That's actually a good point. The only counterargument I might pose is that an auxiliary verb (at least in the context of English syntax) could be defined as a verb that takes a verb phrase as its object, and therefore by definition its object cannot be a noun or pronoun.


Here's my question: "Stop killing me" in "he would stop killing me" is clearly an argument of "would". So, if it isn't an object, what is it? (Or, if it actually isn't an argument of "would", what would you call its relationship?)
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Re: (L&N) Q&A Thread - Quick questions go here

Post by Znex » Mon 04 Dec 2017, 03:07

Illuminus wrote:
Sat 02 Dec 2017, 16:06
If English was OSV what would "I wish he would stop killing me" become? I wish me he would stop killing? He I wish would stop killing me? He I wish killing me would stop?
Well first things first, the way to proceed about this is much more obvious when "that" is used:
I wish that he would stop killing me

So there are two distinct clauses. German goes further and tends to put a comma between clauses:
I wish, (that) he would stop killing me

Then you can treat each clause separately. Depending on how you want verbs to be placed can change the look (eg. often SOV/OSV implies a main verb-final position).
Me he would stop killing (that) I wish vs. Me he stop killing would (that) I wish vs. Me he killing stop would (that) I wish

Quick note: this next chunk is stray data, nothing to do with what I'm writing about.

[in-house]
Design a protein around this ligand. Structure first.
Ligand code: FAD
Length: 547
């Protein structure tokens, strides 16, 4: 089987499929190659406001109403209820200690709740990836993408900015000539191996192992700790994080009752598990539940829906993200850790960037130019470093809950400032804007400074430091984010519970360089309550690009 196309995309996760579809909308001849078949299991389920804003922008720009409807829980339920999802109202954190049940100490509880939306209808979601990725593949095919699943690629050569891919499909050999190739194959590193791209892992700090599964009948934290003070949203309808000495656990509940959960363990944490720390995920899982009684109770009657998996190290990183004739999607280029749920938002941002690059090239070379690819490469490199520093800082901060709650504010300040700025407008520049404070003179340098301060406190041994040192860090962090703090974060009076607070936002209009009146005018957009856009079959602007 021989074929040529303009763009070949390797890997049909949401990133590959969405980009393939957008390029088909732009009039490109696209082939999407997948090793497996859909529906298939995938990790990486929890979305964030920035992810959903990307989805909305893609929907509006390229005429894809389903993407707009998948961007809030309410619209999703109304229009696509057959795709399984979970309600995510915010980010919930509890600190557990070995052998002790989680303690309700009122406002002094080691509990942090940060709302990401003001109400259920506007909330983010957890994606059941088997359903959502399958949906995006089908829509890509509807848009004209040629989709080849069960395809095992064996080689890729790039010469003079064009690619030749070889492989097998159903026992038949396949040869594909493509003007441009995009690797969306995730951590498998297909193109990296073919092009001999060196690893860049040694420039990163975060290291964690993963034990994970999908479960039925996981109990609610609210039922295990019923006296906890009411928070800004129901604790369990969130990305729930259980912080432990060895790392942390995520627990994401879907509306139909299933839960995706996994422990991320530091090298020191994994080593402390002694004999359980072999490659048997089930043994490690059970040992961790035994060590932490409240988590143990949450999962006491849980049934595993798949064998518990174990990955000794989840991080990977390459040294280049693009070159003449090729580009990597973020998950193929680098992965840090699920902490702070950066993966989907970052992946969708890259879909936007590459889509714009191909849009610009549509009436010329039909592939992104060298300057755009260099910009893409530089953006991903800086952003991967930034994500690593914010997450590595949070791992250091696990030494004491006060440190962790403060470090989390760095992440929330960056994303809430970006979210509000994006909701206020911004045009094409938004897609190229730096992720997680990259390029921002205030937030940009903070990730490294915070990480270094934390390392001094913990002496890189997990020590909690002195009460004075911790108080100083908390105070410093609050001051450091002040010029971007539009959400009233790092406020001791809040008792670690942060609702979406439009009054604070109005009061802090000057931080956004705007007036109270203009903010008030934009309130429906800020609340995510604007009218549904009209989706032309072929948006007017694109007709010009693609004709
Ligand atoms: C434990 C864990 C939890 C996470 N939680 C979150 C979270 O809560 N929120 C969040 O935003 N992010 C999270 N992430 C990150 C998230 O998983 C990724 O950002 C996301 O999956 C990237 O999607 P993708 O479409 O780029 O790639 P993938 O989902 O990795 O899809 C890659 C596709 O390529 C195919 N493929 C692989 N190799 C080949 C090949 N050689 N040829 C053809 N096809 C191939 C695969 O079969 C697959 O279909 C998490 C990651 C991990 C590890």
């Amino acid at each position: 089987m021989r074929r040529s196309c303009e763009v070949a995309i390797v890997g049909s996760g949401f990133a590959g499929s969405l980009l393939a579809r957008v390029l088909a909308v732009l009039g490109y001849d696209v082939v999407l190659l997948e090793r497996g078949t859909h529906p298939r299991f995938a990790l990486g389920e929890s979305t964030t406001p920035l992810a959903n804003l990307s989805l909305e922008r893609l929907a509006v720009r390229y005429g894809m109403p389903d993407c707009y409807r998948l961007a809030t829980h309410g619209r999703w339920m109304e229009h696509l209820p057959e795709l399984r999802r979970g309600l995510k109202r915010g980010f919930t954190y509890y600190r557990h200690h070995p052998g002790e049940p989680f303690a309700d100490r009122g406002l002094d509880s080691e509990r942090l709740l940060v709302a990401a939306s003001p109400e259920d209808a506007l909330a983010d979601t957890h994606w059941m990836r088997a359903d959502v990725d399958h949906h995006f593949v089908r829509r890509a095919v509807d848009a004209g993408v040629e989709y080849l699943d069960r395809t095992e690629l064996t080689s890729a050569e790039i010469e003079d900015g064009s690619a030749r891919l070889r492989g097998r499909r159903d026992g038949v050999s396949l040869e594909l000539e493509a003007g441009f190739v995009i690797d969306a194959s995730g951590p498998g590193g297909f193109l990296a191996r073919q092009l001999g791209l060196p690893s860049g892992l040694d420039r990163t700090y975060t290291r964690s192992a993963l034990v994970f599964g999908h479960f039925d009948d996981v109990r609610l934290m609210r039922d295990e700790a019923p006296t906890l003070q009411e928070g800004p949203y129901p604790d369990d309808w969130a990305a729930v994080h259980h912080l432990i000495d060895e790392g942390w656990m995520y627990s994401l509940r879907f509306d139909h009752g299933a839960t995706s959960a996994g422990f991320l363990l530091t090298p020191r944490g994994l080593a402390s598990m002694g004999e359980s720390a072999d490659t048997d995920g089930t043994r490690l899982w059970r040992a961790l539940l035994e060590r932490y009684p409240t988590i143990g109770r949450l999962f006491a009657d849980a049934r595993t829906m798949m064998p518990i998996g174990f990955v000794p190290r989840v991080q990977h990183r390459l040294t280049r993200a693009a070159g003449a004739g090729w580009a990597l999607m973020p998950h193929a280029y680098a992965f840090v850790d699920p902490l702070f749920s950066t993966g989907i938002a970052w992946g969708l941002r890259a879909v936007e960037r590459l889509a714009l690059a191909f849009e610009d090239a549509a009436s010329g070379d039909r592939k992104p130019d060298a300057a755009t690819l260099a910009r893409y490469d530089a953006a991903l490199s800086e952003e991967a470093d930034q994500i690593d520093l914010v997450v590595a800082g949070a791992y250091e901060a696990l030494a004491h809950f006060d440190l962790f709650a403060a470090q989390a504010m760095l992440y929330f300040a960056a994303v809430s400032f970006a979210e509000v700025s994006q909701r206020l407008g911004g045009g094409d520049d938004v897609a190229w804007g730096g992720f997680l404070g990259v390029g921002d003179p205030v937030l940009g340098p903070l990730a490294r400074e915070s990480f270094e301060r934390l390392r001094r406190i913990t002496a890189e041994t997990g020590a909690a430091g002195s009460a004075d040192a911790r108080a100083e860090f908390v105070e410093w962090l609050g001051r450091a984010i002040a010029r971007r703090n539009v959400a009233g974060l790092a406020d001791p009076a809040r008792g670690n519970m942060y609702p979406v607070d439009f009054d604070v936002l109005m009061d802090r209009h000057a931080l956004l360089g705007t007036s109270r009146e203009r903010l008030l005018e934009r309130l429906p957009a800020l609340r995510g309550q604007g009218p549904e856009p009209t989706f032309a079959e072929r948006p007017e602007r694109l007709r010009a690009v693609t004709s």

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Re: (L&N) Q&A Thread - Quick questions go here

Post by Creyeditor » Mon 04 Dec 2017, 23:30

GrandPiano wrote:
Mon 04 Dec 2017, 02:00
Here's my question: "Stop killing me" in "he would stop killing me" is clearly an argument of "would". So, if it isn't an object, what is it? (Or, if it actually isn't an argument of "would", what would you call its relationship?)
I'm glad you ask. This is what people (at least) in Generative linguistics call a head-complement relationship. The object is the complement of the verb, the verb phrase is the complement of the auxiliary and so on. But keep in mind that the subject is usually not considered the complement of anything.
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Re: (L&N) Q&A Thread - Quick questions go here

Post by Xonen » Tue 05 Dec 2017, 02:08

GrandPiano wrote:
Mon 04 Dec 2017, 02:00
Creyeditor wrote:
Sun 03 Dec 2017, 19:49
Well, you have auxillary inversion, but no object inversion in questions, does that count?

I would do it. > Would I do it?
I like beans. > *I beans like?
Beans, I like. > *I beans like?
I did think about this. One thing to consider is that the inversion is only between the subject and the auxiliary (and if there is no auxiliary then the dummy auxiliary "do" must be used); the object is not involved. Your second example is different from the first one; for it to match up, the sentence it becomes would have to be "Like beans I?" (this doesn't work because, as mentioned earlier, an auxiliary verb is needed, so it's actually: I like beans. > I do like beans. > Do I like beans?).
The inversion turns the order into AUX-S-V-O, so strictly speaking, I'm guessing that should actually become "like I beans?" In any case, this does show that auxiliaries are syntactically different from other verbs - but granted, it's not a great test for objects.

Xonen wrote:
Sun 03 Dec 2017, 23:35
There are also other tests for objecthood that the main verbs of auxiliaries seem to fail, such as passivization:

I would be killed by him.
*Killing me is would by him.